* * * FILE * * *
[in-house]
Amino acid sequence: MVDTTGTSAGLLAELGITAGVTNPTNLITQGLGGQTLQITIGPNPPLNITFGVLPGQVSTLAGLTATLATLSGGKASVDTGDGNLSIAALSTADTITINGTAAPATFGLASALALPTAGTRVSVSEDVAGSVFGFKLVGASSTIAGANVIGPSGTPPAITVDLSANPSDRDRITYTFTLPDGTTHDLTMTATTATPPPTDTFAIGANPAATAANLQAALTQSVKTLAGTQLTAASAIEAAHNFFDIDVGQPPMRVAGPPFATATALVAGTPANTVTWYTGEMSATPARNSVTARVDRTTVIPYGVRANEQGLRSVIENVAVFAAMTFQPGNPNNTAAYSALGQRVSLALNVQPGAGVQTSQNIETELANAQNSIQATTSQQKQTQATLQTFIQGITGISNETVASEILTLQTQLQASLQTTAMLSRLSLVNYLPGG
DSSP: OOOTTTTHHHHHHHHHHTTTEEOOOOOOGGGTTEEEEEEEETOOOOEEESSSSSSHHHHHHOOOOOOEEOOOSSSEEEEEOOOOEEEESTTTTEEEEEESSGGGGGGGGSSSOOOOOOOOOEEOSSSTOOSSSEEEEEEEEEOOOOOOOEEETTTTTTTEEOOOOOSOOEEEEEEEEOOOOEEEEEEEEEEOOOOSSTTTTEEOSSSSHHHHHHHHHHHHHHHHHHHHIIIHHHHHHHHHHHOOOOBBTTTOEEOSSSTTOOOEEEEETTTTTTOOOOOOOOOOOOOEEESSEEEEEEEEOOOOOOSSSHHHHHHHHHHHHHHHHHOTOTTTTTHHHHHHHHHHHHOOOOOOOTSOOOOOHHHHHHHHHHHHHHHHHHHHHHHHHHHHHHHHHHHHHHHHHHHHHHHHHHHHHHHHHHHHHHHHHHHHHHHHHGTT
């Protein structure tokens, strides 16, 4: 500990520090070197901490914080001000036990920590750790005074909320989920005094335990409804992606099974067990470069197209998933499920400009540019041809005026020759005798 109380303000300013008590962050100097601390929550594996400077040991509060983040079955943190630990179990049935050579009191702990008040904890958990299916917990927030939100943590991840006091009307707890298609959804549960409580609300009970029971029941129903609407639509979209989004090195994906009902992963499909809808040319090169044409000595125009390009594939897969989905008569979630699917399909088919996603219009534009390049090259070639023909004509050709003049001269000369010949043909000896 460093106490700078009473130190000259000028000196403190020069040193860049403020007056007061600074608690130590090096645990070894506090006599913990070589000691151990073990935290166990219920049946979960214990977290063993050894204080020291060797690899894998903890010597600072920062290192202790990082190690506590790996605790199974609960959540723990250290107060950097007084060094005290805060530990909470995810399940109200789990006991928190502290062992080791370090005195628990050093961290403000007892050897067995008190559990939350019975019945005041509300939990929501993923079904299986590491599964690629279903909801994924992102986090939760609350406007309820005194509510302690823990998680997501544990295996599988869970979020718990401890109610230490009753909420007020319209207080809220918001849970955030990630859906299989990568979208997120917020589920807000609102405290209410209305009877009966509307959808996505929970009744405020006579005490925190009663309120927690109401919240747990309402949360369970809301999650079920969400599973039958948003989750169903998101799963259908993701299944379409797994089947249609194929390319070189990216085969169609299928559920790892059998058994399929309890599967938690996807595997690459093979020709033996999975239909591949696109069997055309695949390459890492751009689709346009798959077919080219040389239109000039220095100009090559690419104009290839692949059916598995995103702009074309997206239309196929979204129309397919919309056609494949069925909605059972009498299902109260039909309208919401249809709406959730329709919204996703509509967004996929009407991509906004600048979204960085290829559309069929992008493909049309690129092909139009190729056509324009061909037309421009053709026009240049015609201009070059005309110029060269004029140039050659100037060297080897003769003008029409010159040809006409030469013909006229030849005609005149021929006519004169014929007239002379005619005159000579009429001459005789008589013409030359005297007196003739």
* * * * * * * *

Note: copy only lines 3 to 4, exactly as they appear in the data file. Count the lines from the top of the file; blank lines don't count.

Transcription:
DSSP: OOOTTTTHHHHHHHHHHTTTEEOOOOOOGGGTTEEEEEEEETOOOOEEESSSSSSHHHHHHOOOOOOEEOOOSSSEEEEEOOOOEEEESTTTTEEEEEESSGGGGGGGGSSSOOOOOOOOOEEOSSSTOOSSSEEEEEEEEEOOOOOOOEEETTTTTTTEEOOOOOSOOEEEEEEEEOOOOEEEEEEEEEEOOOOSSTTTTEEOSSSSHHHHHHHHHHHHHHHHHHHHIIIHHHHHHHHHHHOOOOBBTTTOEEOSSSTTOOOEEEEETTTTTTOOOOOOOOOOOOOEEESSEEEEEEEEOOOOOOSSSHHHHHHHHHHHHHHHHHOTOTTTTTHHHHHHHHHHHHOOOOOOOTSOOOOOHHHHHHHHHHHHHHHHHHHHHHHHHHHHHHHHHHHHHHHHHHHHHHHHHHHHHHHHHHHHHHHHHHHHHHHHHGTT
């Protein structure tokens, strides 16, 4: 500990520090070197901490914080001000036990920590750790005074909320989920005094335990409804992606099974067990470069197209998933499920400009540019041809005026020759005798 109380303000300013008590962050100097601390929550594996400077040991509060983040079955943190630990179990049935050579009191702990008040904890958990299916917990927030939100943590991840006091009307707890298609959804549960409580609300009970029971029941129903609407639509979209989004090195994906009902992963499909809808040319090169044409000595125009390009594939897969989905008569979630699917399909088919996603219009534009390049090259070639023909004509050709003049001269000369010949043909000896 460093106490700078009473130190000259000028000196403190020069040193860049403020007056007061600074608690130590090096645990070894506090006599913990070589000691151990073990935290166990219920049946979960214990977290063993050894204080020291060797690899894998903890010597600072920062290192202790990082190690506590790996605790199974609960959540723990250290107060950097007084060094005290805060530990909470995810399940109200789990006991928190502290062992080791370090005195628990050093961290403000007892050897067995008190559990939350019975019945005041509300939990929501993923079904299986590491599964690629279903909801994924992102986090939760609350406007309820005194509510302690823990998680997501544990295996599988869970979020718990401890109610230490009753909420007020319209207080809220918001849970955030990630859906299989990568979208997120917020589920807000609102405290209410209305009877009966509307959808996505929970009744405020006579005490925190009663309120927690109401919240747990309402949360369970809301999650079920969400599973039958948003989750169903998101799963259908993701299944379409797994089947249609194929390319070189990216085969169609299928559920790892059998058994399929309890599967938690996807595997690459093979020709033996999975239909591949696109069997055309695949390459890492751009689709346009798959077919080219040389239109000039220095100009090559690419104009290839692949059916598995995103702009074309997206239309196929979204129309397919919309056609494949069925909605059972009498299902109260039909309208919401249809709406959730329709919204996703509509967004996929009407991509906004600048979204960085290829559309069929992008493909049309690129092909139009190729056509324009061909037309421009053709026009240049015609201009070059005309110029060269004029140039050659100037060297080897003769003008029409010159040809006409030469013909006229030849005609005149021929006519004169014929007239002379005619005159000579009429001459005789008589013409030359005297007196003739």